Rukobia is a prodrug of temsavir and is classified as a gp120-directed attachment inhibitor. It blocks HIV from attaching to CD4+ T-cells.

Recommended Regimens for Treatment-Naive HIV-1 Infected Patients

The Dept of Health and Human Services (DHHS) Panel on Antiretroviral Guidelines for Adults / Adolescents (updated Dec. 2019) classifies the following regimens as recommended initial regimens for most people with HIV (recommendations in alphabetical order):

  • Bictegravir, tenofovir alafenamide and emtricitabine [BIC + TAF + FTC] - (brand name: Biktarvy)
  • Dolutegravir, abacavir and lamivudine [DTG + ABC + 3TC] (brand name: Triumeq) -- only for individuals who are HLA-B5701 negative and without chronic hepatitis B virus (HBV) coinfection
  • Dolutegravir [DTG] (brand name: Tivicay, Tivicay PD) plus emtricitabine [FTC] (brand name: Emtriva) OR lamivudine [3TC] (brand name: Epivir) plus tenofovir alafenamide [TAF] (brand name: Descovy) OR tenofovir disoproxil fumarate (brand ndame: Truvada).
  • Dolutegravir and lamivudine [DTG + 3TC] - (brand name: Dovato) - except for individuals with HIV RNA >500,000 copies/mL, HBV co-infection, or in whom ART is to be started before the results of HIV genotypic resistance testing for reverse transcriptase or HBV testing are available.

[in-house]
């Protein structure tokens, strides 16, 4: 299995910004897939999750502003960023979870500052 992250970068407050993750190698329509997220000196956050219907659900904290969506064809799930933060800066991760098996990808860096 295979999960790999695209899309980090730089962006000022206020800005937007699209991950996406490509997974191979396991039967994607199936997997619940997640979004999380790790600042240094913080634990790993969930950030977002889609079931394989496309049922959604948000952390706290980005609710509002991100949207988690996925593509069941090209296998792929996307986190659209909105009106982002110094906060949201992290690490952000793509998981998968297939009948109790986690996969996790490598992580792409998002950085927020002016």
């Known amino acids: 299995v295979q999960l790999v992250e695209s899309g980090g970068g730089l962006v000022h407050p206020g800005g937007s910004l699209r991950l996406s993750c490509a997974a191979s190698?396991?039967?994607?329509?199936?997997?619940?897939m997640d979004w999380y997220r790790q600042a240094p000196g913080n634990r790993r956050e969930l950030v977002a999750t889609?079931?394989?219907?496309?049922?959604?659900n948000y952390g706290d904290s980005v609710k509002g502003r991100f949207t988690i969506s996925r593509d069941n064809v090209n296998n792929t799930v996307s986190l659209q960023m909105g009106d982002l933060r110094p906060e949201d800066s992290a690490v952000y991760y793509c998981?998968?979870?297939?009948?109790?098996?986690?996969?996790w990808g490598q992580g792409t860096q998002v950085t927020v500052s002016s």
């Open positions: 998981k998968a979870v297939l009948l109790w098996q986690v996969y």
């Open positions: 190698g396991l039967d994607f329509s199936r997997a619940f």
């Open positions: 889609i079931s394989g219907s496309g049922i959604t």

• Raltegravir [RAL] (brand name: Isentress) plus emtricitabine [FTC] (brand name: Emtriva) OR lamivudine [3TC] (brand name: Epivir) plus tenofovir alafenamide [TAF] (brand name: Descovy) OR tenofovir disoproxil fumarate (brand ndame: Truvada).

Regimens may be updated as new approvals become available. See the full Guidelines to view Initial Regimens in Certain Clinical Situations (Table 6a). For individuals of childbearing potential, see Table 6b before prescribing one of these regimens.

Selection of a regimen for a particular patient should be guided by factors such as virologic efficacy, toxicity, pill burden, dosing frequency, drug-drug interaction potential, resistance test results, comorbid conditions, access, and cost.